Monday, October 3, 2011

#71: America's Quarterback: Bart Starr and the Rise of the NFL by Keith Dunnavant

Thomas Dunne Books, 2011: 386 pages

Keith Dunnavant is a very respected football researcher who brings to light much that I did not know about Bart Starr. I agree with Dunnavan't assertion that Starr is perhaps the most underrated QB in the history of pro-football. However, I do not think that he was in any way the best QB in history. Dunnavant turns to the "Hardware" equation, meaning Starr won more NFL championships than anyone else did. I respect that, but do not agree with it. Overall, this book is quite good. Bart Starr seems like a true mensch.

The title is both a statement and a swipe at Johnny Unitas, the subject of a book entitled "America's QB" in 2004. Starr and Unitas were compared throughout the 1960s; Starr had the hardware, Unitas the stats. Between 1961 and 1967, the Green Bay Packers were the best football team on earth. Period. End of Story. In those years, Starr's record as a starting QB was 78-18-4, a winning percentage of .780. Starr was 9-1 in the postseason. Unitas was no slouch, earning a record of 63-29-3 in the same span, a .663 winning percentage. The Packers were an excellent team, consistently in the top five in the league in both running offense and defense. When other QBs started for the Packers, they put up a record of 5-2 during those years. When others besides Unitas started for the Colts, they were 2-3.

The single most fascinating thing in this book for this reader was a comment from Starr himself. Starr was (still is) heavily involved in charity work in Wisconsin and Alabama. While working for a home for troubled youth in Wisconsin, he has this exchange with a student:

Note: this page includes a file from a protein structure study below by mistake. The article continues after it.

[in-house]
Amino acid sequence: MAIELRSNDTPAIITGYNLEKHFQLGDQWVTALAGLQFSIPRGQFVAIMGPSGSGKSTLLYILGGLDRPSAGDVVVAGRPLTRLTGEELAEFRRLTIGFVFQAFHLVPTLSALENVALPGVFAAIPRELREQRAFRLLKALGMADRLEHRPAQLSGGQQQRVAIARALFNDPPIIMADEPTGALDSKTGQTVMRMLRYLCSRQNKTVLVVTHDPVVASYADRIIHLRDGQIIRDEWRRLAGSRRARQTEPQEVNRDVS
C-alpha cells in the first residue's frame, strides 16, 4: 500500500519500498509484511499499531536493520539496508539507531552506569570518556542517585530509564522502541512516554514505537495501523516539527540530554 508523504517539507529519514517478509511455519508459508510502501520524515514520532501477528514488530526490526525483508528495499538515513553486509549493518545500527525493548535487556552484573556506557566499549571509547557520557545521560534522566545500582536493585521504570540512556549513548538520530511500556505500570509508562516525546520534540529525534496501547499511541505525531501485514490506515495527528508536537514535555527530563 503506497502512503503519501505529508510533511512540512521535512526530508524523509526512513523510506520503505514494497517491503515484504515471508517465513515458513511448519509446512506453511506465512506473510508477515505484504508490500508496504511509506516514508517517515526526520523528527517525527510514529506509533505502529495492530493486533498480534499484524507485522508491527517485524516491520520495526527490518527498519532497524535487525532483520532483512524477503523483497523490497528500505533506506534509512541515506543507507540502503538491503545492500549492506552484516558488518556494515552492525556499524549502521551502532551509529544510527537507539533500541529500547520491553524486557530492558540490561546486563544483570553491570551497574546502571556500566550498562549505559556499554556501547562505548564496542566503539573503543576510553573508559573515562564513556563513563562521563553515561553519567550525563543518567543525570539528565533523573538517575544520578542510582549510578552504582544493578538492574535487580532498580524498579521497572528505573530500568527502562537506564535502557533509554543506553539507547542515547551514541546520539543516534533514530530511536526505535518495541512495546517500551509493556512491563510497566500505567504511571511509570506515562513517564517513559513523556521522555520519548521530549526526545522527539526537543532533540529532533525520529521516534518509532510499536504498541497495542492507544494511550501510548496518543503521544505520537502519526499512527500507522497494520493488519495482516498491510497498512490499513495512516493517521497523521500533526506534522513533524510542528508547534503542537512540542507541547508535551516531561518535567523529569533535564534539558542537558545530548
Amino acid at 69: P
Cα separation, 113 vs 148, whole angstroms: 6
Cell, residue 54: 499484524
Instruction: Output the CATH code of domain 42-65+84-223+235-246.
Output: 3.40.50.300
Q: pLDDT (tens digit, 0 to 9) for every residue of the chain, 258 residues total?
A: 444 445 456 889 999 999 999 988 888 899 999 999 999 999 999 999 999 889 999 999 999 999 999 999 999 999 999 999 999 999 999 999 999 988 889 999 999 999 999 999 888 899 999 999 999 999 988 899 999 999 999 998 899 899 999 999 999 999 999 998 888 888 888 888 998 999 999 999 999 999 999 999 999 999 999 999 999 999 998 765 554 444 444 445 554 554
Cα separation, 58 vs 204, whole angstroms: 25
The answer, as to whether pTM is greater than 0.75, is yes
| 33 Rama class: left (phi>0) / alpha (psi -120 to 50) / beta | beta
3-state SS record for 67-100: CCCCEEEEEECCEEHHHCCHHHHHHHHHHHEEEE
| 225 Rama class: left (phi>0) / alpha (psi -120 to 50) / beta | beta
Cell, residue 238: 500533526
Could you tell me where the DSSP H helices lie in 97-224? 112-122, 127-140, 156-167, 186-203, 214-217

Starr: I hear you're a tough kid.
Tough Kid: So?
Starr: I hear you like to beat people up in the street.
Tough Kid: I like to get in fights (insert you're next, oldster, right here)
Starr: If you do that on the street, you're a thug. If you do that on a football field, you're a hero.

Some will take from this the legitimization of thuggish violence. To "legitimate" something is to make it legal, but more importantly to justify it. Starr saw the violence around him, but I don't think he found it justified. It was part of the game. What Starr was, as Dunnavant points out, was on the other side of a great generational divide. Violence, in whatever form, is a defining element from the point of view of a child. Were you ever spanked? Beaten by a parent? Chances are, your parents were of Starr's or the next generation. Starr would spank his kids, but never flat out beat them; Starr's father, gathering from the book, was very similar. There is a huge difference between a spanking and a beating; trust me, I know. Starr left the violence there on the field, likely because he was on the receiving end of some truly brutal stuff; some of the pounding that Starr took courtesy of Tommy Nobis, Butkus, Bubba Smith and the rest were no doubt legal. To steal a recurring and annoying construction from the book:
Men hurting others to win a game?
Men with concussions going back out to play?
Not knowing where they are or who they are?
Is that justified?
That is the question of football, not the bull shit "it makes you a man" crap that peppers the text.

What I wanted far more of in this book was what Dunnavant opens but does not develop. The place of Starr and Unitas as counterpoints to the non-conformist AFC and the anti-war movements is well known, being referenced on The Simpsons, no less (Johnny Unitas! Now there is a haircut to set your watch to!). The writing seemed strained during these passages, as if Dunnavant wanted to punch those dirty hippies for belittling Bart Starr and his "small town values". What Starr thought of the changes in society is mostly hinted at; Dunnavant at one time states he was "a great symbol of Nixon's Silent Majority." Starr himself probably thought this. In any event, while welcoming and a great attempt at citing the historical significance of Starr, this part of the book failed from non-development and author bias. A small gripe, however. In Dunnavant's defense, this is a biography and not a work of cultural history.

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